Are you a choir director who works with middle or high school choirs? Are you interested in participating in a study about posture and choral students? My name is Elizabeth Nimmons, and under the supervision of faculty mentor Debra Greschner, I am researching the most efficient and effective methods of teaching posture to middle and high school choirs. This survey is designed to obtain an accurate understanding of the most popular methods currently used in middle and/or high school choirs. It will take about 20 minutes of your time. The goal of the study is to gather information that can provide pedagogic guidance to choral directors. If you have any questions feel free to contact me or my faculty mentor.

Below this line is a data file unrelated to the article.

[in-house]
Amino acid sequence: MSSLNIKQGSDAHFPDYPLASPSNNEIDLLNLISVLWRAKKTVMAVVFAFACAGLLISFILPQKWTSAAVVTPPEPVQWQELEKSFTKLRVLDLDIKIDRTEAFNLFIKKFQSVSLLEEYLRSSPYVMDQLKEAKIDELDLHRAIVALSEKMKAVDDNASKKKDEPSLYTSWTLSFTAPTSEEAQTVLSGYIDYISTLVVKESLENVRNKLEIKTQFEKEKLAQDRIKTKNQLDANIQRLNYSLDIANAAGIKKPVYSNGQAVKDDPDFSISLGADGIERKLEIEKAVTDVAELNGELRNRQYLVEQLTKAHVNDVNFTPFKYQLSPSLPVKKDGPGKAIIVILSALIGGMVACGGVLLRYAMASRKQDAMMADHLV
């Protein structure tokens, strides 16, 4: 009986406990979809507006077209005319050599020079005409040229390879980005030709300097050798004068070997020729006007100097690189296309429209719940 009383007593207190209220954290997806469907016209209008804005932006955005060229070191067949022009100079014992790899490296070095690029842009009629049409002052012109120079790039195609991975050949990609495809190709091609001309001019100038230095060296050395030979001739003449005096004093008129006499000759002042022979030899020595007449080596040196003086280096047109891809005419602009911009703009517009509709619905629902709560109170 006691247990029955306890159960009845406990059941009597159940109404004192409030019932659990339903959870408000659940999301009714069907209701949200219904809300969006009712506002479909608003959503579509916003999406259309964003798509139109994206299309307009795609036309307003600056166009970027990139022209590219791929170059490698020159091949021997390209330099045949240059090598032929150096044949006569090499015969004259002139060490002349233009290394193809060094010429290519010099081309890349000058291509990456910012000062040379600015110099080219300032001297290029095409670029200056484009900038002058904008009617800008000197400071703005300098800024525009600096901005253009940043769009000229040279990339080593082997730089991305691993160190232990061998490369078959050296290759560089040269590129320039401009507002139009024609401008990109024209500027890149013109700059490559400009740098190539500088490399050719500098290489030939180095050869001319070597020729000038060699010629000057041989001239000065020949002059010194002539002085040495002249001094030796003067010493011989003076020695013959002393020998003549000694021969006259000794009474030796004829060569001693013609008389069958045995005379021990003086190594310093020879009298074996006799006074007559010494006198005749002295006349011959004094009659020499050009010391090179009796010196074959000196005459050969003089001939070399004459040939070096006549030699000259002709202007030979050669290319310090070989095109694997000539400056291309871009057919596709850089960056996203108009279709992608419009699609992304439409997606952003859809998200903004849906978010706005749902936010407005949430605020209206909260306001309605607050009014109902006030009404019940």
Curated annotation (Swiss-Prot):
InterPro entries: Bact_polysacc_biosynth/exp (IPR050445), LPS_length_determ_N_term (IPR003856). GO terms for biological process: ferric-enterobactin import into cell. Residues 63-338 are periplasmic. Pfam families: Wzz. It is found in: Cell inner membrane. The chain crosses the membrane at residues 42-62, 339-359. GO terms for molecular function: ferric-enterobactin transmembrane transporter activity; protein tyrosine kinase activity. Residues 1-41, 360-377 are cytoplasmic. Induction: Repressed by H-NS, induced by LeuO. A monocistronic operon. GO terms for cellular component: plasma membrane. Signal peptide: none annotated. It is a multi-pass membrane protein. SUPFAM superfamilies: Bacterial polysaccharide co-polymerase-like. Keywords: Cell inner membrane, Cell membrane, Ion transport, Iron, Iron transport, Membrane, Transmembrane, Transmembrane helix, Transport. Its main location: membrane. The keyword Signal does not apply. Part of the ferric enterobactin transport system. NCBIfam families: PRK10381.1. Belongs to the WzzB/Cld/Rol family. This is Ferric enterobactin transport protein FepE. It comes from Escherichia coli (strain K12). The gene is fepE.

Dear Singers and Singing Teachers:
COVID-19 has had a seismic impact on the health and livelihoods of singers and singing teachers. We at the New York University Voice Center are conducting a research study entitled The NYC Singers Economic and Vocal Health Survey to look at the economic impact of COVID-19 on this community, the community we serve. We hope that this information will help voice teachers recognize and better meet the evolving needs of their clientele.
Our research consists of a short online questionnaire that takes about 10 minutes to complete. If you are a singer or singing teacher we would be grateful if you could take a few minutes of your time to help us by filling in this survey. Participation is entirely voluntary and all answers will be kept confidential. We would also be very grateful if you could share the survey with your friends and colleagues who are either singers or singing teachers. Take the survey.
Dear Voice Teacher: